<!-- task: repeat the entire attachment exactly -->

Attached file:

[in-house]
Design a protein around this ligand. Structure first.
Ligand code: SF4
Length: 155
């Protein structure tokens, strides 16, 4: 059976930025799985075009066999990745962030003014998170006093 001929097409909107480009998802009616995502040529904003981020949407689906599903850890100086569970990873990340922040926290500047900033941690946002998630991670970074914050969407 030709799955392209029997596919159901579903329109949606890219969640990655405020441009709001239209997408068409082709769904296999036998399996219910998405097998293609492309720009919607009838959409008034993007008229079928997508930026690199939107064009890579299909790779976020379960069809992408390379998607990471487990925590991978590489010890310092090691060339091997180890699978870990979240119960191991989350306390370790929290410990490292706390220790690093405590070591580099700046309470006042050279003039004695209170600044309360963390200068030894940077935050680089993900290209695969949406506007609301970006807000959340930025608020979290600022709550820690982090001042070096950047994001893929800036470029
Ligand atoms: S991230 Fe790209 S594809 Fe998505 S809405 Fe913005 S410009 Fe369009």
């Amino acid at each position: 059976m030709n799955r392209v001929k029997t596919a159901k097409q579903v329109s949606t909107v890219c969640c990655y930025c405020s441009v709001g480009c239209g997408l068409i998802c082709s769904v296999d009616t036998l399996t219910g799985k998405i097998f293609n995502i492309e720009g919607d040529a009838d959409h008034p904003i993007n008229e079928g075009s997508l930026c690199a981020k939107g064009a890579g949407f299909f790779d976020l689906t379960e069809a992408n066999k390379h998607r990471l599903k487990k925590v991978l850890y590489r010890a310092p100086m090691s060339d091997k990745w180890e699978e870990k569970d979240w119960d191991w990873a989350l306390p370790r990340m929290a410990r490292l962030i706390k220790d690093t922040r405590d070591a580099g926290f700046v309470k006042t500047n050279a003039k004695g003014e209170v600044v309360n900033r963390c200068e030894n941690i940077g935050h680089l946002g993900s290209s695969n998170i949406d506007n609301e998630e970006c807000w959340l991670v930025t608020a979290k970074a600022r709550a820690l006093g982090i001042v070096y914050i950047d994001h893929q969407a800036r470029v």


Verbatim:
[in-house]
Design a protein around this ligand. Structure first.
Ligand code: SF4
Length: 155
């Protein structure tokens, strides 16, 4: 059976930025799985075009066999990745962030003014998170006093 001929097409909107480009998802009616995502040529904003981020949407689906599903850890100086569970990873990340922040926290500047900033941690946002998630991670970074914050969407 030709799955392209029997596919159901579903329109949606890219969640990655405020441009709001239209997408068409082709769904296999036998399996219910998405097998293609492309720009919607009838959409008034993007008229079928997508930026690199939107064009890579299909790779976020379960069809992408390379998607990471487990925590991978590489010890310092090691060339091997180890699978870990979240119960191991989350306390370790929290410990490292706390220790690093405590070591580099700046309470006042050279003039004695209170600044309360963390200068030894940077935050680089993900290209695969949406506007609301970006807000959340930025608020979290600022709550820690982090001042070096950047994001893929800036470029
Ligand atoms: S991230 Fe790209 S594809 Fe998505 S809405 Fe913005 S410009 Fe369009």
């Amino acid at each position: 059976m030709n799955r392209v001929k029997t596919a159901k097409q579903v329109s949606t909107v890219c969640c990655y930025c405020s441009v709001g480009c239209g997408l068409i998802c082709s769904v296999d009616t036998l399996t219910g799985k998405i097998f293609n995502i492309e720009g919607d040529a009838d959409h008034p904003i993007n008229e079928g075009s997508l930026c690199a981020k939107g064009a890579g949407f299909f790779d976020l689906t379960e069809a992408n066999k390379h998607r990471l599903k487990k925590v991978l850890y590489r010890a310092p100086m090691s060339d091997k990745w180890e699978e870990k569970d979240w119960d191991w990873a989350l306390p370790r990340m929290a410990r490292l962030i706390k220790d690093t922040r405590d070591a580099g926290f700046v309470k006042t500047n050279a003039k004695g003014e209170v600044v309360n900033r963390c200068e030894n941690i940077g935050h680089l946002g993900s290209s695969n998170i949406d506007n609301e998630e970006c807000w959340l991670v930025t608020a979290k970074a600022r709550a820690l006093g982090i001042v070096y914050i950047d994001h893929q969407a800036r470029v």